US employers added jobs at a rapid pace in July – which could lead to problems going forward.
The Labor Department said the US economy added 528,000 jobs in July, far exceeding expectations of 258,000 jobs, indicating that the labor market has not calmed down after three rounds of interest rate hikes by the Federal Reserve.
It’s clearly good news that a lot of Americans have found jobs. The unemployment rate has fallen to 3.5 percent, matching the pre-pandemic low in Trump’s economy. The unrestricted unemployment rate was 3.458 percent, making it the lowest rate since the 1970s.
In a low inflationary environment with a growing economy, as we enjoyed under President Joe Biden’s predecessor, that would undoubtedly be good news. In Biden’s economy, which has been suffering from high inflation for four decades and a shrinking economy, there is much to worry about.
The jump in payrolls was accompanied by a significant increase in average hourly earnings. More workers plus higher wages leads to more demand in the economy. In the near term, this is likely to lead to higher core inflation, particularly in the service sector. When the Labor Department releases its Consumer Price Index for July next week, it will likely show that core inflation has eased slightly due to lower gas prices but core inflation is likely to continue to rise. Economists consider this to be particularly concerning because core inflation – inflation minus food and fuel – is a leading indicator of future inflation. So higher core prices mean inflation will stay higher for a longer period.
Massive employment is also an indication of inflationary forces. Businesses are renting when they are flooded with demand and 528,000 jobs are signaling an ebb and flow of demand. The services sector added 402,000 jobs in July, including nearly 100,000 jobs in leisure and hospitality. Education and Health Services added 122,000, the most ever outside of the May-July period to reopen the hiring spree. Companies that see enough demand to bring in many workers will raise prices – especially because of their higher labor and material costs.
No wonder the market is convinced that the Fed will have to maintain its ability to accelerate interest rates during the September meeting. There are even whispers about the possibility of an emergency meeting if the CPI number comes out too hot next week, although it seems unlikely that we will raise the inflation numbers enough to warrant that.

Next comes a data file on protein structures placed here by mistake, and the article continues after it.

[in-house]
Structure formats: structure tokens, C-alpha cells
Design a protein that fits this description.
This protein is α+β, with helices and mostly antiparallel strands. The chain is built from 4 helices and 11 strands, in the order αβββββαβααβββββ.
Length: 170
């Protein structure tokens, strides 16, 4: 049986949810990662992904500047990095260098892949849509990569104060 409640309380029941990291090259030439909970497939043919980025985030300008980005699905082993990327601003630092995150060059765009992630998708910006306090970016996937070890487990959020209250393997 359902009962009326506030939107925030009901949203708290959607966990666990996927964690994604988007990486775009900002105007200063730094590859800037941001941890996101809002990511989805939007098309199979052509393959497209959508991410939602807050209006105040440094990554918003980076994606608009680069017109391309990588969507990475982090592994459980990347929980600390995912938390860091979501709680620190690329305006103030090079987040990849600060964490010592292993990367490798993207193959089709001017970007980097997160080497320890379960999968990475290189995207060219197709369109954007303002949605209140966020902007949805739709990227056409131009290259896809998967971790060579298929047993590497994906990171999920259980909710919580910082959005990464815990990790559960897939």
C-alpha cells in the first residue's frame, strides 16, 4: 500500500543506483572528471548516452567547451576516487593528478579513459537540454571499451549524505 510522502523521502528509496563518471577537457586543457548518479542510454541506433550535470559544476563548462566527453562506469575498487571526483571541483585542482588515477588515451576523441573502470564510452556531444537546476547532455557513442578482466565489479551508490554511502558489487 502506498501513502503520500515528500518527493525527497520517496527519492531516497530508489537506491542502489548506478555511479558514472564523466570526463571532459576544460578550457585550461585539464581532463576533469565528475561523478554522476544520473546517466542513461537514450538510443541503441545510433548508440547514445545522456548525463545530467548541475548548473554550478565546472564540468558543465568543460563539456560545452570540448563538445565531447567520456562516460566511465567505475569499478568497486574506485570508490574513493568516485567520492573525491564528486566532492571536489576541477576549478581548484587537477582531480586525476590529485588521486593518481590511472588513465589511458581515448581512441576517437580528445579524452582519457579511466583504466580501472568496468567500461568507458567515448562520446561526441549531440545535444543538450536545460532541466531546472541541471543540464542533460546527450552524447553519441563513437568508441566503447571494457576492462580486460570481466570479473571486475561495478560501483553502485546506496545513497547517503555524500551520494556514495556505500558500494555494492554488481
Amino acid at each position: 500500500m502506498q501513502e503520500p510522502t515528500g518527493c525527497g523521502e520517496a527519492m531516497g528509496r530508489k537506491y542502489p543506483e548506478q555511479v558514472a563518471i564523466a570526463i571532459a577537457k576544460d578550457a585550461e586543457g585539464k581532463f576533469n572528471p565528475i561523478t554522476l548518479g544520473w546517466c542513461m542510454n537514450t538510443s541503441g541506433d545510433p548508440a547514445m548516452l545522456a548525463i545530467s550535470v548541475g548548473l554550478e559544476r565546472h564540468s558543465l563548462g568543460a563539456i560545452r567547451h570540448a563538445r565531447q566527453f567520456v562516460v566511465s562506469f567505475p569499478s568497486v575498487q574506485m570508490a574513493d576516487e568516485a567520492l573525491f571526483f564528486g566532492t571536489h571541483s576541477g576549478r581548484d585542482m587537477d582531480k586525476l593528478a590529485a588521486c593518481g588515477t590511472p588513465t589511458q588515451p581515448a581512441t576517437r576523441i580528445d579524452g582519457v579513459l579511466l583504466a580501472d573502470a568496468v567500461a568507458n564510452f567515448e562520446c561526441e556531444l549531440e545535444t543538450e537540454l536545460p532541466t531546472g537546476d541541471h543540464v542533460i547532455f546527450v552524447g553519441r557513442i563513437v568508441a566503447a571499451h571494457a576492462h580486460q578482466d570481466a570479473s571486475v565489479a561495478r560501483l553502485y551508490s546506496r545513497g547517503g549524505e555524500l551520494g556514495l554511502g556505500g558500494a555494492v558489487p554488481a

The jump in employment is also likely to trigger another downward skew in labor productivity. Government measures productivity simply by dividing economic output by hours worked. When the economy shrank in the first quarter while salaries grew rapidly, productivity fell 7.3 percent. This was the biggest drop in labor productivity since 1947. We’ll get the second-quarter productivity number next week and economists expect it to drop by 4.5 percent, which is overly optimistic. If the forecast is correct, it would be the worst drop – except for the previous quarter – since 1981, when productivity fell 5.1 percent. The jump in employment in July likely means that the third quarter will see productivity decline as well.
Lower productivity with higher wages means higher labor costs. In the first quarter, unit labor costs — the dollars spent on labor to produce a unit of output — jumped 12.6 percent. It is expected to rise 10 percent in the second quarter. The wage gains in July and the lower labor productivity we expect are likely to push labor costs up further.
When unit labor costs rise in a low-inflation environment, both economic theory and empirical studies suggest that the rise does not necessarily push inflation higher. In a highly inflationary environment, when inflation expectations are rising and prices have recently been rising, unit labor costs will likely lead to additional inflation. What’s more, when unit labor costs rise due to an explosion in labor demand – rather than a contraction in supply – they are more likely to contribute to inflation. Moreover, when unit labor costs rise rapidly in the service sector – as they are – they are likely to contribute to inflation because it is difficult to replace services with imports or improve productivity through technology.
A while ago, people used to talk about moderate economy. The idea was that the economy was just right, neither too hot nor too cold, just as when Goldilooks found little bear porridge. Today’s job numbers suggest we may be seeing an economy at the other end of the tale, when Goldilocks wakes up surrounded by the three bears and has to fling herself out the window to escape into the dark woods, never to be heard from again.